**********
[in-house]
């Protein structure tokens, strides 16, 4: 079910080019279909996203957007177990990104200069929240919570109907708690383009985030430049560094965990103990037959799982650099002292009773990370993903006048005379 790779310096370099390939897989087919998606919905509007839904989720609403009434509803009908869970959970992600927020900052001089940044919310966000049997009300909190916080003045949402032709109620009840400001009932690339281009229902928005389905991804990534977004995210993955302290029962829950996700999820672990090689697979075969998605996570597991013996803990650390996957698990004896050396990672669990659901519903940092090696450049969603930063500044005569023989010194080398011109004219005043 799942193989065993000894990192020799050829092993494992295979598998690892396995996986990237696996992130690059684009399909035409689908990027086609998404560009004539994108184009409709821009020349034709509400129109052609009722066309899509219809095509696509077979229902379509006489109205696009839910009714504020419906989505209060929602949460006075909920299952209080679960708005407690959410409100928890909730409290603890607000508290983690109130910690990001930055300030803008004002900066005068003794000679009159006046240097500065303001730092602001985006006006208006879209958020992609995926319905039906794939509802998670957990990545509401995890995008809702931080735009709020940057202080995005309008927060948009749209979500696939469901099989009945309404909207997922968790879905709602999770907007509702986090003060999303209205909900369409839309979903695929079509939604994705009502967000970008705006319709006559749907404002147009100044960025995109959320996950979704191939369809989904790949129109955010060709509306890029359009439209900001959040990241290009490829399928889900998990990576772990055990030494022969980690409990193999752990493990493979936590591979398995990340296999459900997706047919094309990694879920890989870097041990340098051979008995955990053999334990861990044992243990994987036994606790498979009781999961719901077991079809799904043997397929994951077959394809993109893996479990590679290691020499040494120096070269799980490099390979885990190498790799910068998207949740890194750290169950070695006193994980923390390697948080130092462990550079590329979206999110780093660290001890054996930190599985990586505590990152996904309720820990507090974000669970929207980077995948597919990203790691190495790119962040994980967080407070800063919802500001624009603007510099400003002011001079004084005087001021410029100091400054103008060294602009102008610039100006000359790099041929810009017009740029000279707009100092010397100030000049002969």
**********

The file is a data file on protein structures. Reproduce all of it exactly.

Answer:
[in-house]
């Protein structure tokens, strides 16, 4: 079910080019279909996203957007177990990104200069929240919570109907708690383009985030430049560094965990103990037959799982650099002292009773990370993903006048005379 790779310096370099390939897989087919998606919905509007839904989720609403009434509803009908869970959970992600927020900052001089940044919310966000049997009300909190916080003045949402032709109620009840400001009932690339281009229902928005389905991804990534977004995210993955302290029962829950996700999820672990090689697979075969998605996570597991013996803990650390996957698990004896050396990672669990659901519903940092090696450049969603930063500044005569023989010194080398011109004219005043 799942193989065993000894990192020799050829092993494992295979598998690892396995996986990237696996992130690059684009399909035409689908990027086609998404560009004539994108184009409709821009020349034709509400129109052609009722066309899509219809095509696509077979229902379509006489109205696009839910009714504020419906989505209060929602949460006075909920299952209080679960708005407690959410409100928890909730409290603890607000508290983690109130910690990001930055300030803008004002900066005068003794000679009159006046240097500065303001730092602001985006006006208006879209958020992609995926319905039906794939509802998670957990990545509401995890995008809702931080735009709020940057202080995005309008927060948009749209979500696939469901099989009945309404909207997922968790879905709602999770907007509702986090003060999303209205909900369409839309979903695929079509939604994705009502967000970008705006319709006559749907404002147009100044960025995109959320996950979704191939369809989904790949129109955010060709509306890029359009439209900001959040990241290009490829399928889900998990990576772990055990030494022969980690409990193999752990493990493979936590591979398995990340296999459900997706047919094309990694879920890989870097041990340098051979008995955990053999334990861990044992243990994987036994606790498979009781999961719901077991079809799904043997397929994951077959394809993109893996479990590679290691020499040494120096070269799980490099390979885990190498790799910068998207949740890194750290169950070695006193994980923390390697948080130092462990550079590329979206999110780093660290001890054996930190599985990586505590990152996904309720820990507090974000669970929207980077995948597919990203790691190495790119962040994980967080407070800063919802500001624009603007510099400003002011001079004084005087001021410029100091400054103008060294602009102008610039100006000359790099041929810009017009740029000279707009100092010397100030000049002969």